Saturday, December 08, 2018

The Rock of Gibraltar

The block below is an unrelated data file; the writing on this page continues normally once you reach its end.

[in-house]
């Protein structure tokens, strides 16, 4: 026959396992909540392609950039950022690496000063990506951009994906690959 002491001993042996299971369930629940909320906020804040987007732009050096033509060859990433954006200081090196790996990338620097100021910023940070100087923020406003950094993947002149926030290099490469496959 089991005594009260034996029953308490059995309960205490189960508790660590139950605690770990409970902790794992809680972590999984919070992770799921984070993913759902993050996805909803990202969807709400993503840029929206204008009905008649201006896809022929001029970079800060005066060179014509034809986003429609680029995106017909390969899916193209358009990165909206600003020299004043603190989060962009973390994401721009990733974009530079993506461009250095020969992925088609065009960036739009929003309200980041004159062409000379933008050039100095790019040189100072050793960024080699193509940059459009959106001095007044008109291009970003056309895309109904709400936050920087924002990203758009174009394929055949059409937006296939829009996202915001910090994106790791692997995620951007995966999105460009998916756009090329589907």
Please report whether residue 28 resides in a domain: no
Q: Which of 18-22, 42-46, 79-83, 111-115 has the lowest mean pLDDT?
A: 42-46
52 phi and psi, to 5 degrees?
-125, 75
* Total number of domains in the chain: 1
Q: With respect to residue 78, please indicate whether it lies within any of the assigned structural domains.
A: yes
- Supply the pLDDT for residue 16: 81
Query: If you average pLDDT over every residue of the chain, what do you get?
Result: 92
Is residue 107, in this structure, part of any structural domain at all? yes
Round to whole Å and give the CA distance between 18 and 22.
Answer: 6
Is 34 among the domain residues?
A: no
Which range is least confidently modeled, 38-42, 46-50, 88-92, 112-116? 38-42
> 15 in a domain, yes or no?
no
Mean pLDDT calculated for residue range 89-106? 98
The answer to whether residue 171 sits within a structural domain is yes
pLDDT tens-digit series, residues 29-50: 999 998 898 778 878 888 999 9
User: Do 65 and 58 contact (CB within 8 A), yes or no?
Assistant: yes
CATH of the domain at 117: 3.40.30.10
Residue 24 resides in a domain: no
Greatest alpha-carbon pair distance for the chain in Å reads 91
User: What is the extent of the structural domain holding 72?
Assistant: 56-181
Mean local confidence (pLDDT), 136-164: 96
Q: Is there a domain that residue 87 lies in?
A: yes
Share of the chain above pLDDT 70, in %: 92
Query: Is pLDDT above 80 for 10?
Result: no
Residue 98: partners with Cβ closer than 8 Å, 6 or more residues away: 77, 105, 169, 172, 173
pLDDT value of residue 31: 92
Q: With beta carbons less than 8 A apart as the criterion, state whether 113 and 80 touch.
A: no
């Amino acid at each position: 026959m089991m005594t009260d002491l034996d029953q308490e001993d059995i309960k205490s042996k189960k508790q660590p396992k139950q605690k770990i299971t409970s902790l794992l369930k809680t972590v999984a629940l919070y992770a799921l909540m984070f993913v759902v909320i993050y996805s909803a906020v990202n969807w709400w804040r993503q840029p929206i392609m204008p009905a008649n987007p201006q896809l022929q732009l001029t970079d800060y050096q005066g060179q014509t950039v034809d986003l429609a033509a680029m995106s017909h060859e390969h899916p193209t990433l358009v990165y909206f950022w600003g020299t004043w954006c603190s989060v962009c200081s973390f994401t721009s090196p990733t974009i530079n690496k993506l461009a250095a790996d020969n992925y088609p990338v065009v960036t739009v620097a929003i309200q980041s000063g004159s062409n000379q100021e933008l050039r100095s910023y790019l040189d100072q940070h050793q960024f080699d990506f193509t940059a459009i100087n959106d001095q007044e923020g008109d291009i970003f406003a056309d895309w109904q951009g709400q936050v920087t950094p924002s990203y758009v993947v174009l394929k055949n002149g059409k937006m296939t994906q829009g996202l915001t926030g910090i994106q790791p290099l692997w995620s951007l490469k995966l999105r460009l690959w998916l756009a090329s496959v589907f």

As Brexit proceeds to its ultimate conclusion, will the contentious “backstop” debate concerning a reinstated hard border between Northern Ireland and the Republic of Ireland i.e. Britain and the European Union, be a deal breaker? The "backstop" is an insurance policy to avoid a hard border between the Irelands by keeping the entire United Kingdom in a customs union with the EU for an undefined period of time (Brexiteers would fear eternity). Add to that the status of much forgotten Gibraltar. Both international borders risk being a bridge too far for negotiators since the Irish wish to avoid strife reminiscent of The Troubles whereas Spain wishes to still have full access for 10,000 workers that cross to the British Overseas Territory each work day. In a symbiotic relationship, Gibraltar is a zone of transition for much commerce, providing an economic boost to economically depressed Andalusia and a source of notable trading wealth to Gibraltar’s citizens. There are again rumblings from the Spanish Government which wishes to gain some share of political control if not outright sovereignty over the territory it ceded to Britain in 1713 by the Treaty of Utrecht. In a 2018 trip to Spain I went out of my way to see this strategic gem at the tip of the Iberian Peninsula which is only a hop and a skip from the coast of Africa. These views are from the container port of Algeciras, Spain, looking east to The Rock. They were taken during a time constrained break in a bus journey from Cadiz to Malaga. One photo involved entering a controlled zone in an area notorious for the transshipment of drugs, so not without a smidgen of trepidation.